The End: Iowa Women Fall to Notre Dame, 74-57, in Second Round of NCAA Tournament

USA TODAY Sports

Irish eyes were watching... another Notre Dame victory.

It was always a long shot. Having a home court advantage is nice, but a cheering crowd and familiar rims can only take you so far when the opponent is as good as Notre Dame. The Fighting Irish are the #1 seed in the Norfolk region (hey, NCAA -- just use directions, please) and probably the second-best team in the entire tournament (behind defending champion Baylor), so upsetting them would be a monumental accomplishment for Bluder's Bunch. Unfortunately, they couldn't get it done, falling 74-57 to Notre Dame in Iowa City last night, bringing Iowa's season to a close.

The gameplan for an Iowa upset involved a few things: shoot well from outside, avoid foul trouble (especially critical, given Iowa's lack of depth), and protect the ball. Unfortunately, Iowa failed on all three fronts. Iowa went 0/11 from 3-point range in the game, with several attempts missing badly. They had 18 fouls (to Notre Dame's 14), with several coming in the first half and getting key players like Samantha Logic in early foul trouble. And Iowa had 21 turnovers (to Notre Dame's 15). All of that added up to doom for Iowa's upset bid.

Notre Dame got off to a hot start, opening up a 24-12 lead before the second media timeout. Iowa kept battling, but could never mount a sustained run and never got the lead lower than 8 points. The main reason Iowa couldn't make much of a run is that every time they managed to score a few buckets, Notre Dame's Kayla McBride seemed to have an answer. She scored 24 of her 28 points in the first half and went 4/5 from deep, including a pair of dagger threes late in the half, when Iowa had again hacked the lead down to 8 points. She cooled off considerably in the second half, but the damage she had done in the first half was more than enough. Notre Dame's star player, Skylar Diggins, had a relatively quiet game by her standards, but still finished with 16 points, 4 rebounds, 5 assists, and 2 steals (as well as 7 turnovers).

Iowa was led by Bethany Doolittle, who had 16 points (on 8/14 shooting) and 5 rebounds. Theairra Taylor and Jaime Printy added 10 points apiece. Star point guard Samantha Logic, who had been so instrumental in carrying Iowa past Miami in their first round game Sunday night, had a difficult night on Tuesday. She had 9 points, 5 assists, and a team-high 9 rebounds... but she also had 11 (!) turnovers and 4 fouls. Iowa needed another massive performance out of her to have a chance at the upset, but the turnovers and fouls kept from ever really getting into the flow of the game.

The loss ends Iowa's season, dropping them to 21-13 overall. While the loss was disappointing (although not unexpected), the season as a whole fits comfortably into the pattern Bluder has established at Iowa: win around 20 games, make the NCAA Tournament, lose in R1 or R2. Iowa has made the NCAA Tournament in 10 of Bluder's 13 seasons at Iowa and in fact only once (2006-07) has a Bluder-coached Iowa team failed to make the postseason at all. She's been remarkably consistent at Iowa and considering all the injuries she's had to overcome (Angry Iowa Women's Basketball Hating God is real and she is vengeful), that's a very impressive and commendable accomplishment.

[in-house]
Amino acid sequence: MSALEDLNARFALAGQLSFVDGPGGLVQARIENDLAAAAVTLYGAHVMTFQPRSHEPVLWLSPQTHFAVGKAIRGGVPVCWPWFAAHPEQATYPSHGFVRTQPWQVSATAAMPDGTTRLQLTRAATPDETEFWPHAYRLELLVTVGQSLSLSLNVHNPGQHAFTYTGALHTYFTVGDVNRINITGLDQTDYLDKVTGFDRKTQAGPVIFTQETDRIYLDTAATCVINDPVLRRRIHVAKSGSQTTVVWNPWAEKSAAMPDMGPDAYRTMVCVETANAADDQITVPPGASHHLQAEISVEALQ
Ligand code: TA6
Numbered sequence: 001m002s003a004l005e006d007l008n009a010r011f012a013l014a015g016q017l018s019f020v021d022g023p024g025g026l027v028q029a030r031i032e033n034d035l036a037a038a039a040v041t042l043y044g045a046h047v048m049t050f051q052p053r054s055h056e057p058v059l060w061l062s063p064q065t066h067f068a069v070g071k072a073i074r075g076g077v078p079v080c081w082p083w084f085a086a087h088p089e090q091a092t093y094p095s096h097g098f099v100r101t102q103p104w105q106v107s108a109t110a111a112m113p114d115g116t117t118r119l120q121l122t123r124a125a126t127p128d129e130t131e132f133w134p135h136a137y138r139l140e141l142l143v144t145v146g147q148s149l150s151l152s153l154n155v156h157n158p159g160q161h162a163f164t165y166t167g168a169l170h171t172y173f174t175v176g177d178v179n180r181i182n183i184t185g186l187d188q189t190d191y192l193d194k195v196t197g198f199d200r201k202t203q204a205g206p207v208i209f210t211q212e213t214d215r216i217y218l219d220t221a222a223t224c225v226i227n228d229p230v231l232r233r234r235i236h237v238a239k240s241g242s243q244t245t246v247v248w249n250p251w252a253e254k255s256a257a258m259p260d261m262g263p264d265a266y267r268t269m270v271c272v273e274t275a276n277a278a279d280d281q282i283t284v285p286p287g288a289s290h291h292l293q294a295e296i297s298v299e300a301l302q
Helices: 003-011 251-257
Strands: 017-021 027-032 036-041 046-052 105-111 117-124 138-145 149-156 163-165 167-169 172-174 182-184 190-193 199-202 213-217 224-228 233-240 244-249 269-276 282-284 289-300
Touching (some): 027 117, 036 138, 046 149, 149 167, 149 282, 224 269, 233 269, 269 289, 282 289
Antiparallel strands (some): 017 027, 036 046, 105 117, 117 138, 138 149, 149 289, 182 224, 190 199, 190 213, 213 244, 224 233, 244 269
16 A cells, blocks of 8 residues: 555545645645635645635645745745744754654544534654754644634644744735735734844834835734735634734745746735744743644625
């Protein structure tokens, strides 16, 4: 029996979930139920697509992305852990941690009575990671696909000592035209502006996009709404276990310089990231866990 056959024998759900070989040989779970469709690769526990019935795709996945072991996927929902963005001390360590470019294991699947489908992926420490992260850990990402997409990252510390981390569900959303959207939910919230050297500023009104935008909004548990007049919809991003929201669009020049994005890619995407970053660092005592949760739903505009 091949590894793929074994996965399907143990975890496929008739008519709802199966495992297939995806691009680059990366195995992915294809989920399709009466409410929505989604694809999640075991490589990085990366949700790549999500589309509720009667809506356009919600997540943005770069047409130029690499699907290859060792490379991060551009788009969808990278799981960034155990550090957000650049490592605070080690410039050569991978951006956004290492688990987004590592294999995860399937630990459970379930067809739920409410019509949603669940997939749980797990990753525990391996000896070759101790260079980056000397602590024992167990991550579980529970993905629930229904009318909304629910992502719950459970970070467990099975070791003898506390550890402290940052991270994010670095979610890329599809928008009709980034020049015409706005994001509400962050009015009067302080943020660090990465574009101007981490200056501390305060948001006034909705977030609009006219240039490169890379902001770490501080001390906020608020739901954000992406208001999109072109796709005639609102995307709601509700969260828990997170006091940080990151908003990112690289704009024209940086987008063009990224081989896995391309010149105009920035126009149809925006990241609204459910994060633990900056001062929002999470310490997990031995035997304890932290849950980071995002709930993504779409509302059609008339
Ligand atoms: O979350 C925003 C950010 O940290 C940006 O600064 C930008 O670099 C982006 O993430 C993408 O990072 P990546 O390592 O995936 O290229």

Iowa's biggest problem is probably the inability to rise higher than an #8 or #9 seed in the NCAA Tournament. They've been an #8 or #9 seed in 7 of their 10 NCAA Tournament appearances; in 4 of those years they lost to their R1 opponent (a fellow #8 or #9 seed) and in the other 3 years they lost to the #1 seed in R2. #1 seeds in the women's NCAA Tournament rarely lose to teams other than fellow top-seeded teams, so playing one in the second round is basically a death sentence, even on your home floor. Bluder's two best teams, the 2000-01 squad that earned a #4 seed and the 2010-11 team that earned a #6 seed, were undone in part by home court advantage -- the 00-01 team lost to the #5 seed Utah -- in Salt Lake City -- while the 10-11 team lost to the #11 seed Gonzaga -- in Spokane, WA. It's frustrating that she's never been able to make it to the Sweet 16 at Iowa, but her record of tournament consistency is nothing to sniff at, either.

Tuesday night was also the final game for a trio of Iowa seniors, Trisha Nesbitt, Megan Johnson, and Jaime Printy. Replacing those three won't be easy (especially multi-year starters like Johnson and Printy); the hope is that Doolittle is able to replace Johnson's as Iowa's primary post player and that sophomore Melissa Dixon (previously Iowa's only reliable player off the bench) replaces Printy as the team's top sharpshooter. Between those two and the returning Logic and Taylor, Iowa should have a fairly solid core -- the trick to success next season will probably come down to whether or now Iowa can develop solid options beyond those four. No players beyond that quartet (and Johnson and Printy) played more than 7 minutes a game this year, so someone (or, really, someones) is going to have to emerge from relative obscurity to help out the Hawkeyes. Iowa is also adding a pair of ESPN Top 100 recruits next year (G Allyson Disterhoft and W Alexa Kastanek); they may be relied upon to be immediate contributors. But congratulations to the Iowa women on another pretty successful season. It ended sooner than we would have hoped, but it was still a pretty fine season overall.

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